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From: INGELBIEN RAPHAEL
From: Peter Montgomery

> BTW rolling trousers came in at about the time Prufrock
> was written. It was a statement of youthful rebellion.

That's an interesting take on the line. When I was first introduced to
the
poem, the lecturer suggested another explanation: as Prufrock imagines
he is
shrinking with age ('I grow old'), he starts adatping the content of his
wardrobe to his diminished stature. In that case, 'rolled' should be
interpreted as 'hemmed in' - not quite convincing, perhaps.
Have you got a reference for rolling trousers as a sign of rebellion?
Would
white flannel have been rebellious as well? Another possibility: rolling
the
bottoms of one's trousers was an obvious thing to do before venturing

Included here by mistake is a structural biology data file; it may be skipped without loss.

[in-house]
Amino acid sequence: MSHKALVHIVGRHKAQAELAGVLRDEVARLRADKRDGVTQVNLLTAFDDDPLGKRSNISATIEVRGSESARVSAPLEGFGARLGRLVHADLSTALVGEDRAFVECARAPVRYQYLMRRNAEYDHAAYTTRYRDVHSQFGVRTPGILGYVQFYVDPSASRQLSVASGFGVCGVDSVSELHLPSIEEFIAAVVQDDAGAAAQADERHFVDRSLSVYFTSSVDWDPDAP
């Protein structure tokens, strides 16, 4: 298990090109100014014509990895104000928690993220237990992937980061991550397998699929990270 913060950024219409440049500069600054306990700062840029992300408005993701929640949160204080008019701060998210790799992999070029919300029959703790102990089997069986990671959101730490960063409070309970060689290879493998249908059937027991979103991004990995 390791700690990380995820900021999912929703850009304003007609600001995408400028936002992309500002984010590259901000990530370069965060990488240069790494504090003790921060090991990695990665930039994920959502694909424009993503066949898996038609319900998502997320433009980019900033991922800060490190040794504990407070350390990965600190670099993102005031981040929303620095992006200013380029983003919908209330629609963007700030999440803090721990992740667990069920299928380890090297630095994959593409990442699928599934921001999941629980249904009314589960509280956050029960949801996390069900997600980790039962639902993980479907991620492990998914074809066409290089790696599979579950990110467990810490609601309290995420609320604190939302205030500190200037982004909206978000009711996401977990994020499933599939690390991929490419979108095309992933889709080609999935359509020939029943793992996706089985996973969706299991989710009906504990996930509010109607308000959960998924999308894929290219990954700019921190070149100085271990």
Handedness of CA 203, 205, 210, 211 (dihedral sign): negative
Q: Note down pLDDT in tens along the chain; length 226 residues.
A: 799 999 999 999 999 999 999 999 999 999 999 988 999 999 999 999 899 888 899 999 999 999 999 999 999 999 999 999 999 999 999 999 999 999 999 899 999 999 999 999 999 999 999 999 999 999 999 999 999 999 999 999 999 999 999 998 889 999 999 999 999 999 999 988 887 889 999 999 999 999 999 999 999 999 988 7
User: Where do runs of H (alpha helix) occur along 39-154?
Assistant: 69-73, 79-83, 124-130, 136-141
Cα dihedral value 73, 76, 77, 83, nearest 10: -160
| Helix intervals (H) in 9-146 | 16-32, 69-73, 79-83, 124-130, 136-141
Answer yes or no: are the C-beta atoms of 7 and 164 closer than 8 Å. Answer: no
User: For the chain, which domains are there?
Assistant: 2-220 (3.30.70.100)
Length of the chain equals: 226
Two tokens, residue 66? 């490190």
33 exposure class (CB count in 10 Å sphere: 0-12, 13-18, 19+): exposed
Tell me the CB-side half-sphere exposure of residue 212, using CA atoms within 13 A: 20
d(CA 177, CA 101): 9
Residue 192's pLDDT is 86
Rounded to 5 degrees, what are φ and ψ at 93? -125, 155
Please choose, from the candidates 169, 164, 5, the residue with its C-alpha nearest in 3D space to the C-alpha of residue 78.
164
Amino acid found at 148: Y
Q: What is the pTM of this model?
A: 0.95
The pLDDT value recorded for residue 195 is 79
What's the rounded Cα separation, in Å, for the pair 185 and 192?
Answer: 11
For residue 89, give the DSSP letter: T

onto
the beach.
=======================================================
Learned it from uncle Marshall (McLuhan) in his 3rd year
lit. class. He did a couple of his later degrees at
Cambridge in the '30s, soI guess he'd been there and
done that. He particularly liked to punt, if memory
serves.

Rick has, I have seen, subsequently confirmed the above in his EMILY post.

Cheers,
Peter

Yours,

RaphaŽl Ingelbien
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